Author(s): Baguley BC
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Abstract Multiple drug resistance (multidrug resistance; MDR), a phenomenon whereby human tumours that acquire resistance to one type of therapy are found to be resistant to several other drugs that are often quite different in both structure and mode of action, has been recognised clinically for several decades. An important advance in our understanding of MDR came with the identification of P-glycoprotein and other related transporters that were expressed in some cancer cells and could recognise and catalyse the efflux of diverse anticancer drugs from cells. A second advance came from an understanding of the mechanism of programmed cell death or apoptosis, leading to MDR mediated by increased to resistance to anticancer drug-induced apoptosis. A third advance came with the finding that the proliferation of human tumours was driven by a small population of self-renewing tumour cells, focussing attention on the MDR properties of these so-called tumour stem cells rather than on the cells that comprised the majority of the tumour population. A fourth advance was the delineation of features of the tumour microenvironment, including immunosuppression, which essentially provided tumour stem cells with an MDR phenotype. Most published work on the overcoming of MDR has concentrated on inhibition of drug transporters but the complexity of mechanisms contributing demands a broad strategy for the development of methods to overcome MDR in a clinical setting.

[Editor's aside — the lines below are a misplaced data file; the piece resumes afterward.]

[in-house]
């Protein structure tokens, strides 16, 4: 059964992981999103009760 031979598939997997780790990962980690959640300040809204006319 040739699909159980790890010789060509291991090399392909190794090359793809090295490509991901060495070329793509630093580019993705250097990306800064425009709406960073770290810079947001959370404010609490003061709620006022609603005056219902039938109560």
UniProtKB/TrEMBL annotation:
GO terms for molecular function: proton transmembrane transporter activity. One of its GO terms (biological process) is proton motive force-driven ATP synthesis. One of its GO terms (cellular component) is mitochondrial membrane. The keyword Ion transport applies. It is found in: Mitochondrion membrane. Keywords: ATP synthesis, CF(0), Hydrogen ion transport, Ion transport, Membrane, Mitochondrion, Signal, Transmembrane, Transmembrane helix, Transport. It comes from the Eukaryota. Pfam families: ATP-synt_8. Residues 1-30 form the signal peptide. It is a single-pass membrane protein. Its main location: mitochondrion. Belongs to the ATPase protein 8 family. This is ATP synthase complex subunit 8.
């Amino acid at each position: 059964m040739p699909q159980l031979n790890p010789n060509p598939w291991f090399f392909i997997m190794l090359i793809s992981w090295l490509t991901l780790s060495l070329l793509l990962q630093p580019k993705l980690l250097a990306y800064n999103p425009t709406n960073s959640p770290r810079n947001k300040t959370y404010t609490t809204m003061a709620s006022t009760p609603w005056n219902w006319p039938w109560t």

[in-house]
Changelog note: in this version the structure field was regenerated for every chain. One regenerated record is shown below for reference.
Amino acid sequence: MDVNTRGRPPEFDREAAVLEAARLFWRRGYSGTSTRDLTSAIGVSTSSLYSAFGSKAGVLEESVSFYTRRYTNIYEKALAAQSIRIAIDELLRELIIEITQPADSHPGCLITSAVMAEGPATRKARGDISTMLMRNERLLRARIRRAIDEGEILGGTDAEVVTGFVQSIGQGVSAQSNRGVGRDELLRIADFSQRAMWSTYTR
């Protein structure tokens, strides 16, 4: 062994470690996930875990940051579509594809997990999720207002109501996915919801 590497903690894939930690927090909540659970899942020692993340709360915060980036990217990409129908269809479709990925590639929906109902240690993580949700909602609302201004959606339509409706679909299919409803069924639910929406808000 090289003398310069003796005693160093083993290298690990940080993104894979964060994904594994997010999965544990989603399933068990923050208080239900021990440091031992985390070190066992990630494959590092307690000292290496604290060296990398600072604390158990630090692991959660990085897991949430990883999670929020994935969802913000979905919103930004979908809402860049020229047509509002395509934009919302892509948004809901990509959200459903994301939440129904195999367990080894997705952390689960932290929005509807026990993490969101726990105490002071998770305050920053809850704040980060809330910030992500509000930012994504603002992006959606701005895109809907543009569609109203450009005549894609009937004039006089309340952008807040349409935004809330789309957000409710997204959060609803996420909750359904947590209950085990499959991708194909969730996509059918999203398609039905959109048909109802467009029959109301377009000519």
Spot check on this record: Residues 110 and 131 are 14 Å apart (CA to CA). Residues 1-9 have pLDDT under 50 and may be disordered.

This article was published in Mol Biotechnol
and referenced in Journal of Molecular Biomarkers & Diagnosis